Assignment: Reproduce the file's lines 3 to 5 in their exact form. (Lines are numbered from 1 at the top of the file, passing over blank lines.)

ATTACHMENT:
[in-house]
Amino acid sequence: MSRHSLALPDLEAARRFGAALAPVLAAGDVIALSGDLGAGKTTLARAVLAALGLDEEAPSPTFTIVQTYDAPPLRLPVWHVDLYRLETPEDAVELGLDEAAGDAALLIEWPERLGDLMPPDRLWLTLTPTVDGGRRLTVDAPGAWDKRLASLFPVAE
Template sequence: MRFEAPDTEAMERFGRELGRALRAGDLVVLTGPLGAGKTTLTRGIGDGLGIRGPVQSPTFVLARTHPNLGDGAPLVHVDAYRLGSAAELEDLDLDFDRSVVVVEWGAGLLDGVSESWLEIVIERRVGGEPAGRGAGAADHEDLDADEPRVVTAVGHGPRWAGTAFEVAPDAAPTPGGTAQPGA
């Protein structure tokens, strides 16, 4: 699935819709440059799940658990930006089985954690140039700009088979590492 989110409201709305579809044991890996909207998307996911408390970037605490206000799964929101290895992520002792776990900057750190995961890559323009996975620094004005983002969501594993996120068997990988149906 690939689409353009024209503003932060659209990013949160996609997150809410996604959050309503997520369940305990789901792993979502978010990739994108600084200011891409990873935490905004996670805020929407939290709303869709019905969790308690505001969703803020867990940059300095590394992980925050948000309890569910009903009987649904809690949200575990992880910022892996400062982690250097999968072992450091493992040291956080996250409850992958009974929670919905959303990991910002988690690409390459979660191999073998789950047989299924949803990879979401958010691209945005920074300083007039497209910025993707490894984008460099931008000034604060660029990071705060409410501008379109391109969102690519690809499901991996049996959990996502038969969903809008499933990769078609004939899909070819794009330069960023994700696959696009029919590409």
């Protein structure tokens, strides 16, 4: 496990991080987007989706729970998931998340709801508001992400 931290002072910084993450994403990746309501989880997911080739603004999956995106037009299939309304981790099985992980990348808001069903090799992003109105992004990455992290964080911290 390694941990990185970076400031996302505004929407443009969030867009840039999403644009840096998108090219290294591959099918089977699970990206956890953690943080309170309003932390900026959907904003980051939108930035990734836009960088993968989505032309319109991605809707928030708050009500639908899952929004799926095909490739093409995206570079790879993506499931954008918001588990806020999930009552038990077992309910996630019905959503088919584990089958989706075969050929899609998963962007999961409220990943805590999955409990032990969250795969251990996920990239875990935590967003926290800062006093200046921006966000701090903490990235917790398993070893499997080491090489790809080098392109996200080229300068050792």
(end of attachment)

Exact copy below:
Template sequence: MRFEAPDTEAMERFGRELGRALRAGDLVVLTGPLGAGKTTLTRGIGDGLGIRGPVQSPTFVLARTHPNLGDGAPLVHVDAYRLGSAAELEDLDLDFDRSVVVVEWGAGLLDGVSESWLEIVIERRVGGEPAGRGAGAADHEDLDADEPRVVTAVGHGPRWAGTAFEVAPDAAPTPGGTAQPGA
């Protein structure tokens, strides 16, 4: 699935819709440059799940658990930006089985954690140039700009088979590492 989110409201709305579809044991890996909207998307996911408390970037605490206000799964929101290895992520002792776990900057750190995961890559323009996975620094004005983002969501594993996120068997990988149906 690939689409353009024209503003932060659209990013949160996609997150809410996604959050309503997520369940305990789901792993979502978010990739994108600084200011891409990873935490905004996670805020929407939290709303869709019905969790308690505001969703803020867990940059300095590394992980925050948000309890569910009903009987649904809690949200575990992880910022892996400062982690250097999968072992450091493992040291956080996250409850992958009974929670919905959303990991910002988690690409390459979660191999073998789950047989299924949803990879979401958010691209945005920074300083007039497209910025993707490894984008460099931008000034604060660029990071705060409410501008379109391109969102690519690809499901991996049996959990996502038969969903809008499933990769078609004939899909070819794009330069960023994700696959696009029919590409």
């Protein structure tokens, strides 16, 4: 496990991080987007989706729970998931998340709801508001992400 931290002072910084993450994403990746309501989880997911080739603004999956995106037009299939309304981790099985992980990348808001069903090799992003109105992004990455992290964080911290 390694941990990185970076400031996302505004929407443009969030867009840039999403644009840096998108090219290294591959099918089977699970990206956890953690943080309170309003932390900026959907904003980051939108930035990734836009960088993968989505032309319109991605809707928030708050009500639908899952929004799926095909490739093409995206570079790879993506499931954008918001588990806020999930009552038990077992309910996630019905959503088919584990089958989706075969050929899609998963962007999961409220990943805590999955409990032990969250795969251990996920990239875990935590967003926290800062006093200046921006966000701090903490990235917790398993070893499997080491090489790809080098392109996200080229300068050792």